Campers relax on the beach at Brannen Lake campground.

Campers relax on the beach at Brannen Lake campground.

Best of the City: Nanaimo campgrounds host global visitors

Within minutes of any campground in Nanaimo there are dozens of things to do and places to visit.

Within minutes of any campground in Nanaimo there are dozens of things to do and places to visit, such as beaches, mountain biking, kayaking, hiking, shopping, swimming, restaurants, antique shops, art galleries and artisans’ studios and more.

There’s so much here Nanaimo has become a destination for vacationers who fly in from Europe or locals who drive across town for a weekend getaway.

“Your competition isn’t the other campgrounds,” said Scott Littlejohn, owner of Living Forest Campground and former board member of Tourism Vancouver Island and Tourism Nanaimo. “Your competition is other places in the world people can go visit.”

Littlejohn said people willing to pay the ferry fare to bring an RV to the Island, plan to stay two or three weeks and explore a region around where they’re staying.

“If it’s me, I want to see everywhere around, so our mission is to become aware of all the places on the Island and, particularly in our business, the places that we can happily recommend that they go, not just to see, but places to stay…. We’re all campers. We all get out there and go places too.”

Westwood Lake Campground, located next to Westwood Lake Park has, at its doorstep, swimming, hiking on Westwood Ridge and Mount Benson, mountain biking, fishing and sandy beaches. The campground offers tenting and RV camping and cabins.

“We have outside movie nights,” said Ronda Johnson, who owns the campground with her husband Ian. “We have this big screen we put up and then people come and bring their lawn chairs and sit out and watch these outdoor movie nights that we got going.”

Johnson said campers and even families from around the neighbourhood come out to watch. The Johnsons also take campers on moonlight night hikes around Westwood Lake and host music nights featuring up-and-coming local musicians.

The campsite’s reputation has a long reach and Johnson says a big portion of their guests are from Europe.

“In the last few days I’ve had them from Ireland, Germany, Switzerland, the Netherlands and France,” Johnson said. “How they find us? Social media? I don’t know. They just find us. We’re in a book in Germany somewhere and we come highly recommended in there and we don’t advertise in this book, but we’re in this book.”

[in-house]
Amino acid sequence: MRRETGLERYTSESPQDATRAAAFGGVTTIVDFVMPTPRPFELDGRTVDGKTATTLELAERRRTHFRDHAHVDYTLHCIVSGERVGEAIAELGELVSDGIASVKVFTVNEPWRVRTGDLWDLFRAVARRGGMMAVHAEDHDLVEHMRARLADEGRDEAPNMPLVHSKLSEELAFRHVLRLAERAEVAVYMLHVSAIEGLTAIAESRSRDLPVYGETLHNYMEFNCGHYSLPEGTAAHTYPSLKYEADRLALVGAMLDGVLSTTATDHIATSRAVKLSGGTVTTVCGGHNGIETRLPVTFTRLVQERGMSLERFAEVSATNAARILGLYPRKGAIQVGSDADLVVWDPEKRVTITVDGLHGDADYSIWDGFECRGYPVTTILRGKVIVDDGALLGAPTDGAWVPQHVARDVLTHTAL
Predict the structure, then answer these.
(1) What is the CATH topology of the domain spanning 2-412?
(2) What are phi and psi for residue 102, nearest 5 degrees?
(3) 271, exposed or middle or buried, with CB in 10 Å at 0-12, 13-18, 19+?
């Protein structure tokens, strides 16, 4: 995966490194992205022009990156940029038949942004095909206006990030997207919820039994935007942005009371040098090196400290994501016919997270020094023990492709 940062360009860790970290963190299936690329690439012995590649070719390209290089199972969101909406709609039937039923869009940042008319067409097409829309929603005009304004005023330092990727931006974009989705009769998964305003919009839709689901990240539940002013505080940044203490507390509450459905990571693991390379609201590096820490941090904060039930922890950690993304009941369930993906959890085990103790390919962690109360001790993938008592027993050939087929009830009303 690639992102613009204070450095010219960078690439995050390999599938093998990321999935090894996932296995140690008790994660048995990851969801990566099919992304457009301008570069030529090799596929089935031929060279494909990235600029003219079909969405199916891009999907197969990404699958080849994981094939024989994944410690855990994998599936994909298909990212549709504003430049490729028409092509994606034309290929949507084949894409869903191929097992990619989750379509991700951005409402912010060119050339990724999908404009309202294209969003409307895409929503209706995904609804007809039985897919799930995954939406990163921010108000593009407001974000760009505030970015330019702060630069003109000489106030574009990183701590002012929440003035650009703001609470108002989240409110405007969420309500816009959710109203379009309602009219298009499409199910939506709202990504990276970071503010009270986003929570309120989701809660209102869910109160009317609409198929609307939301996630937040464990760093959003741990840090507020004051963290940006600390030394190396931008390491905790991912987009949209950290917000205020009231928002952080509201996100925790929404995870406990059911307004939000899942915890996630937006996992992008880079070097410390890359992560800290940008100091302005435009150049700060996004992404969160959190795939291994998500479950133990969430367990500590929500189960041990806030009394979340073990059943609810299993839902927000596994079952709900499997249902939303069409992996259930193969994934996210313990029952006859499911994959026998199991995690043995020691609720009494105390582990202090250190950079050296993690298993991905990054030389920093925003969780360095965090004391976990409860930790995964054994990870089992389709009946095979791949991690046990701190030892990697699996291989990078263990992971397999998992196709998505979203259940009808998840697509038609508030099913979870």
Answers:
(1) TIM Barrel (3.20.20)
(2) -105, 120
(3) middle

Word-of-mouth recommendations through social media and travel media from people who’ve visited Nanaimo are doing more to draw visitors here than say one or two large tourist attractions, like a Mount Rushmore or Disney amusement park.

“There’s a lot of talk that we have to have an iconic attraction to become a success,” Littlejohn said. “If we would throw some manpower and money into making better awareness of all the 200 green spaces and parks that we have within our city limits, as well as all of the stuff within an hour’s drive – that’s what people come for.”

By some accounts they’re coming in ever larger droves. Lorraine Caillet, who owns Brannen Lake Campground with her husband Alan, describes the start of the 2016 camping season as “crazy busy.”

“We’ve almost doubled the number of reservations this year from last year,” Caillet. “I can’t explain it, how we’re so busy.”

Caillet said locals are looking for inexpensive getaways close to home.

“Locals” includes virtually anyone from the Island. About 40 per cent come from Nanaimo. The balance tend to come from up- and down-Island and Europe.

“They come to the Island. They want to go to Tofino, Ucluelet – that’s a destination for them – and the Harbour City. A lot of them hang around here, you know. It’s a pretty city. It’s not a big city, but it’s got a lot going on,” she said.

The campsite was booked solid for this year’s May long weekend.

“We’re full for May-long, July-long and August-long already and people call and say, ‘Oh, we’d like to camp for a month,’ Sorry. We’re full,” Caillet said. “It’s unprecedented. It’s kind of cool.”

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